Directed by: Ned Benson
Premise: A couple (Jessica Chastain and James McAvoy) separates after the death of their newborn child. The husband struggles to keep his restaurant afloat while his wife resumes her academic career.
What Works: The Disappearance of Eleanor Rigby is a tale of grief and recovery and taken as a straightforward drama the film is a compelling story with some extraordinary performances. However, filmmaker Ned Benson has crafted something a little more ambitious. There exist three different versions of this movie. The main version, fully titled The Disappearance of Eleanor Rigby: Them tells the full story of the separation of this husband and wife and their relationships with their family and coworkers. There are also two other versions: Him and Her which tell the same story from the point of view of the husband and wife, respectively. The Him and Her cuts are not just the Them version with one or the other character’s scenes missing. With each cut the filmmakers have photographed and assembled the same scenes in different ways in order to emphasize either the husband or wife’s point of view. In other cases the same scenes play out differently because the filmmakers use alternate takes or stage the action in different way. This changes the tone and subtext of each scene. Watching all three versions of The Disappearance of Eleanor Rigby will be of greatest interest to aspiring filmmakers and students of cinema. This cinematic tryptic is a very interesting example of the ways that choices in staging and editing can radically change the point of view of a scene and shape the meaning of the content. Of the three versions, Them is the strongest, followed closely by Her. That’s due to the central performance by Jessica Chastain as the mother who has lost her child, attempted suicide, and abandoned her marriage. Chastain is great in the role; her pain shows through in every scene, even when she isn’t actively sad, but Chastain’s character is also a fully characterized human being and the filmmakers do not venerate her grief. The wife’s storyline is further strengthened by an impressive supporting cast. Jess Weixler plays her sister and even though Weixler and Chastain don’t look much alike they do have an authentic sisterly bond which is fleshed out in the Her version. Isabelle Huppert and William Hurt play her mother and father and they also get some strong sequences as does Viola Davis as a university instructor who takes Chastain’s character under her wing. The Him version of The Disappearance of Eleanor Rigby isn’t without its charms, most notably the father-son relationship between James McAvoy and Ciarán Hinds. This version also allows McAvoy and Chastain to have a little more screen time together and it does a better job of pressing whether the couple will find their way back to each other.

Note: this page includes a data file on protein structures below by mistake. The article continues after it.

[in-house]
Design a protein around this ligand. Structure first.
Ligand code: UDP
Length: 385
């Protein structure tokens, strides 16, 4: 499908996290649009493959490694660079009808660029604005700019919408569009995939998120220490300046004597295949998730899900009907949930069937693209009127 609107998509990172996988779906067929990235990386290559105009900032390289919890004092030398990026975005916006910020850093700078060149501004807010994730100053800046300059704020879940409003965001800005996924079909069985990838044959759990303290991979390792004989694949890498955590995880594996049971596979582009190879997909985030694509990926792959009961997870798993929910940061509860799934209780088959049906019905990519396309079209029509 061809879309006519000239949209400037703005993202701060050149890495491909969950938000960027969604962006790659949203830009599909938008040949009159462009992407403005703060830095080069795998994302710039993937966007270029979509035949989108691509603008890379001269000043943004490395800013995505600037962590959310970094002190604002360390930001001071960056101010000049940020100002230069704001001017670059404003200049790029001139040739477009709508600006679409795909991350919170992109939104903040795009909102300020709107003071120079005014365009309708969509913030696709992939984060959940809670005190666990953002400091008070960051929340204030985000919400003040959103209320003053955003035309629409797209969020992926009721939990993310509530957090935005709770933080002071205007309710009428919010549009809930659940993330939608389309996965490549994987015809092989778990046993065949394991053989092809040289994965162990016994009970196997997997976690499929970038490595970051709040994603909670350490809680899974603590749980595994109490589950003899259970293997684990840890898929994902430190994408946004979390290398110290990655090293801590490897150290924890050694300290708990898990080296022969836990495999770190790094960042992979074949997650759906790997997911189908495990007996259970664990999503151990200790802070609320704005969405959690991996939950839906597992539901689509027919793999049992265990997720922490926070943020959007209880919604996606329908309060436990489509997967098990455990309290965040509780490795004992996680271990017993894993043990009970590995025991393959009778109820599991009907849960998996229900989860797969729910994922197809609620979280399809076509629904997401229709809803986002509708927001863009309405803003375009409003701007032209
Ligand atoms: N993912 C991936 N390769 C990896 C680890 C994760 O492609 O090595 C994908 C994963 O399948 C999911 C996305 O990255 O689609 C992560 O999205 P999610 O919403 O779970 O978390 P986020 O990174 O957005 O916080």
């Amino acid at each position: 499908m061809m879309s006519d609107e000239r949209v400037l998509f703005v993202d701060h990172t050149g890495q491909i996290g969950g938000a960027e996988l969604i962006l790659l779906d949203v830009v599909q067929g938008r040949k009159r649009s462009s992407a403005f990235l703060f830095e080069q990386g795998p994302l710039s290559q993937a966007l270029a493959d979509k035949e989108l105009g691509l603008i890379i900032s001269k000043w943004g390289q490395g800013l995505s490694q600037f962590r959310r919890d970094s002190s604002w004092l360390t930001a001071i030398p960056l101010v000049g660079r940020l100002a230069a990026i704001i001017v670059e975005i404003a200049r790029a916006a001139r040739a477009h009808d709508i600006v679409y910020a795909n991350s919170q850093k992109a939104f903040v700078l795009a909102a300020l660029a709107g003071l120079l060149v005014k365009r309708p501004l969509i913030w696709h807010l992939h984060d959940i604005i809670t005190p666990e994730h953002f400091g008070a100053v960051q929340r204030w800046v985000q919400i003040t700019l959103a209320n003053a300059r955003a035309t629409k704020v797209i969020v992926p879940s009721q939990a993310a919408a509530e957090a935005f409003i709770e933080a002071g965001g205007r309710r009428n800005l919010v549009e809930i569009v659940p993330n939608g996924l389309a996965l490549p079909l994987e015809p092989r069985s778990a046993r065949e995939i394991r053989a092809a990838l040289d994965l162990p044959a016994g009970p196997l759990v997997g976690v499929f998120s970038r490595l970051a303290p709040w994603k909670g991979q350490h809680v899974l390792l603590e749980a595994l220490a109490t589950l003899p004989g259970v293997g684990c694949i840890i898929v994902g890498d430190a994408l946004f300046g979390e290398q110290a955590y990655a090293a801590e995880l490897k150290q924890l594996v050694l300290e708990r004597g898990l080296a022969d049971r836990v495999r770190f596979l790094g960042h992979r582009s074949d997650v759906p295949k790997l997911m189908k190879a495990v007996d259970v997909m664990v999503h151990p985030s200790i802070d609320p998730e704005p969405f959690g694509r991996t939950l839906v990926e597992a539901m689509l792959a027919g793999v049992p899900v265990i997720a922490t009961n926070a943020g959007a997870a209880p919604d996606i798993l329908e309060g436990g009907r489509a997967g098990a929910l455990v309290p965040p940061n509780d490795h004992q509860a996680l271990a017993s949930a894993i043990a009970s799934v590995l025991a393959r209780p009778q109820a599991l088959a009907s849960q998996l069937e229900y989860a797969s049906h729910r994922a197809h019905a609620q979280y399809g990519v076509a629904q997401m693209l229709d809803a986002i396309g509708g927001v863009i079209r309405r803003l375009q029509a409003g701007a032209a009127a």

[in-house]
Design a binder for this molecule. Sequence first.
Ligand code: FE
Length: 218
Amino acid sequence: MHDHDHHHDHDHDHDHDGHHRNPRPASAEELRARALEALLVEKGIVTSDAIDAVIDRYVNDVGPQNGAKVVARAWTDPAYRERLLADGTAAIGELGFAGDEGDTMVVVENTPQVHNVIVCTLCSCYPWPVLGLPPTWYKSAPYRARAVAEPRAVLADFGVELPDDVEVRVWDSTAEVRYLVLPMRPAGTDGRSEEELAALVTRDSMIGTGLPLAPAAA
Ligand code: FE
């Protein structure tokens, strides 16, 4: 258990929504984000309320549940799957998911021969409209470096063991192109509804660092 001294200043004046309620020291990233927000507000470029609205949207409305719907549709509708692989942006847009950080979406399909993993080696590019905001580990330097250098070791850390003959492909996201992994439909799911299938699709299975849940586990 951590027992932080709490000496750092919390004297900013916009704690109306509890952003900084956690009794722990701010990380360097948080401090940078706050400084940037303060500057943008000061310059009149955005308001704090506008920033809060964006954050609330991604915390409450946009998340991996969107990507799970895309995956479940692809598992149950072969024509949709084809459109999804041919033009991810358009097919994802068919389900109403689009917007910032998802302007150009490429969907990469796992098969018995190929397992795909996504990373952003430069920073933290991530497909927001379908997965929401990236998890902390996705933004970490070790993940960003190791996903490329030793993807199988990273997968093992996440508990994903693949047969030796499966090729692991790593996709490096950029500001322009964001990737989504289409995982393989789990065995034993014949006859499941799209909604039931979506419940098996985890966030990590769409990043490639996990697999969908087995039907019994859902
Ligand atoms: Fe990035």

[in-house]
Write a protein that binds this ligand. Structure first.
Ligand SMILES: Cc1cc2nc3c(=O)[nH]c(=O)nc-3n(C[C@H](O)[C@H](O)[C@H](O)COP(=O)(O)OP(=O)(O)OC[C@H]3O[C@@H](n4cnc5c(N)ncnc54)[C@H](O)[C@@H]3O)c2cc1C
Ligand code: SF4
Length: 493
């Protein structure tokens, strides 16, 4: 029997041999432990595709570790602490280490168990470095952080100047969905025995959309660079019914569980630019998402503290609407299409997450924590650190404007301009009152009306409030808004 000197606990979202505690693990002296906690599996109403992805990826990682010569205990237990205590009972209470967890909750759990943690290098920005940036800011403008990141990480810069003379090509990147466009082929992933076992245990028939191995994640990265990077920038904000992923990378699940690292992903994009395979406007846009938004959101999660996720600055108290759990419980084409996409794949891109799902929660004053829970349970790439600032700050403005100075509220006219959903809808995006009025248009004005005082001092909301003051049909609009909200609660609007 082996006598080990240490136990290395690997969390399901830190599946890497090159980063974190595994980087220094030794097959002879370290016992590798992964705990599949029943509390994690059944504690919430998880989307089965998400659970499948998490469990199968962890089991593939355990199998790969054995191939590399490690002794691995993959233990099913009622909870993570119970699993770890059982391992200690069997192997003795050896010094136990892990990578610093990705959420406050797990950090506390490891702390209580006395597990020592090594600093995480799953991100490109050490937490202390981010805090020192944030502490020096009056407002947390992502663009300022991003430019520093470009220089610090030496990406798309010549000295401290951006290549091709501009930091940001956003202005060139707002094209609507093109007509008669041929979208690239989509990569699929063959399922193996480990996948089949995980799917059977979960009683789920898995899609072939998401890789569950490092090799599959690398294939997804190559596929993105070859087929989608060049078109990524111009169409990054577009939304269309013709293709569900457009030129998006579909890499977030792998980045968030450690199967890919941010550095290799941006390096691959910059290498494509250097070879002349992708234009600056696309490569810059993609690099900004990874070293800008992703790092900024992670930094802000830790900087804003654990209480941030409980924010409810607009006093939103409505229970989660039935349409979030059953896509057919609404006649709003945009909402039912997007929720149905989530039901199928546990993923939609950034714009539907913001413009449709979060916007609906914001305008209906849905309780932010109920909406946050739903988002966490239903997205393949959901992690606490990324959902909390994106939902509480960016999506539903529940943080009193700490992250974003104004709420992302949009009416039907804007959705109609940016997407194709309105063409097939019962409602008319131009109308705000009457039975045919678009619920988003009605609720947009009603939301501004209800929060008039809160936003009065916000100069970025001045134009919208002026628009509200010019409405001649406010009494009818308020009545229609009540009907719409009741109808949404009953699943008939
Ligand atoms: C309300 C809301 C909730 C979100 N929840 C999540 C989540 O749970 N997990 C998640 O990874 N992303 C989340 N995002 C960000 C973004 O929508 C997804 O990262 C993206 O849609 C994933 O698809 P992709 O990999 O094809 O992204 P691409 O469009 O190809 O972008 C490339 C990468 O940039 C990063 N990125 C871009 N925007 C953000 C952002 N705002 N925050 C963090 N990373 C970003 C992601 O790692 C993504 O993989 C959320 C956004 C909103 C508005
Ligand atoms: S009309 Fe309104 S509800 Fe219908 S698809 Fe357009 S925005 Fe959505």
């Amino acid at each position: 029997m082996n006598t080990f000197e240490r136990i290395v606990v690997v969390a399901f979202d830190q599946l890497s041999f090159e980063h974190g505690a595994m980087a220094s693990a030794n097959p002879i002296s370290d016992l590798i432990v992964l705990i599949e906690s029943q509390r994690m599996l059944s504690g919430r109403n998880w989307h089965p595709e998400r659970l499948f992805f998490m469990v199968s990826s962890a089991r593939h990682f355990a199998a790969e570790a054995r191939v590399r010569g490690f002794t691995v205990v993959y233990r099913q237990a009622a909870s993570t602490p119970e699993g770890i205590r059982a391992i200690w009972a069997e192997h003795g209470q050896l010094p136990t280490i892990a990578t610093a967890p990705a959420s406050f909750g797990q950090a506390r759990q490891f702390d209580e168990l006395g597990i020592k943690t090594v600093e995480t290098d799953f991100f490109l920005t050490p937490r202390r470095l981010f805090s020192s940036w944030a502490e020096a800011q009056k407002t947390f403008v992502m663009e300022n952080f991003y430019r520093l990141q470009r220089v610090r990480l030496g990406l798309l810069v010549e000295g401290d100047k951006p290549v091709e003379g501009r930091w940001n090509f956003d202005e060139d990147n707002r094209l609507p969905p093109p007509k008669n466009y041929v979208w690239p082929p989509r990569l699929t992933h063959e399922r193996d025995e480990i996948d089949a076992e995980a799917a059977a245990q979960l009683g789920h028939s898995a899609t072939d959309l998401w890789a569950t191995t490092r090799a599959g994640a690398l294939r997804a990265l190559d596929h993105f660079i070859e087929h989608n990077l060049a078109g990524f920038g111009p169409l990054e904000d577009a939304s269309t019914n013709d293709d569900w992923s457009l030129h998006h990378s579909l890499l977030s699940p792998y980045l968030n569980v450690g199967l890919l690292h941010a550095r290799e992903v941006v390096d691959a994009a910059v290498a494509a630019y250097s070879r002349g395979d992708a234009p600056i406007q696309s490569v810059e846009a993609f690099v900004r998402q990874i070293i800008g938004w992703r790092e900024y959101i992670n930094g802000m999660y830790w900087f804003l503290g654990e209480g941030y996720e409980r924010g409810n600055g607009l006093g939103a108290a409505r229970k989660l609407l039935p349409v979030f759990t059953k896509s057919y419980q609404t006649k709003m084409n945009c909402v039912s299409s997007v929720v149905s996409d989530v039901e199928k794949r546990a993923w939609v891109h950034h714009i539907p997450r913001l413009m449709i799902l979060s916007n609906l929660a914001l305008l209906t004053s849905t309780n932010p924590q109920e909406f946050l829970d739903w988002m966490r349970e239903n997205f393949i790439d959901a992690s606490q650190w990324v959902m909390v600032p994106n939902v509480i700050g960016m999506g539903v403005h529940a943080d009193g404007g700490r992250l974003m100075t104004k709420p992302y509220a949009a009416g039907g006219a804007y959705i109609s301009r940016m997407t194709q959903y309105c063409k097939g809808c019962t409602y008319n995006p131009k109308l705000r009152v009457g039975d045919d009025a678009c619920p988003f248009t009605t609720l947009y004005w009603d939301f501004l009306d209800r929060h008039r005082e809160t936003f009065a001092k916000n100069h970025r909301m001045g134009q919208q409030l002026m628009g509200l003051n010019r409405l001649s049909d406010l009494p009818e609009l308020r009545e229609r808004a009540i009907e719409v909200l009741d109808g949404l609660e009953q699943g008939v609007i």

What Doesn’t: Watching all three versions of The Disappearance of Eleanor Rigby will be very instructive for aspiring filmmakers and for students of cinema but general audiences may not get as much out of this trilogy. Because Jessica Chastain’s character dominates the Them version, both Them and Her play very similarly, with Her offering a little more insight into the dynamics of the wife’s family. The Him version of The Disappearance of Eleanor Rigby plays quite a bit differently from the other two versions but in total there isn’t much in the Him or Her versions that substantively changes the audience’s understanding of the characters and events. Every version of The Disappearance of Eleanor Rigby is successful at what it is trying to do but average viewers will probably do well just viewing the Them cut, which is presented as the primary version in the packaging of the home video release.
DVD extras: The Blu-ray and DVD releases of The Disappearance of Eleanor Rigby include all three versions of the film as well as an interview with actors Jessica Chastain and James McAvoy.
Bottom Line: The Disappearance of Eleanor Rigby is well worth viewing for its performances alone but there is a lot in this movie to be admired. The Them cut offers a compelling drama of two people and their families dealing with grief and as a trilogy it is an enlightening cinematic experiment.
Episode: #536 (April 5, 2015)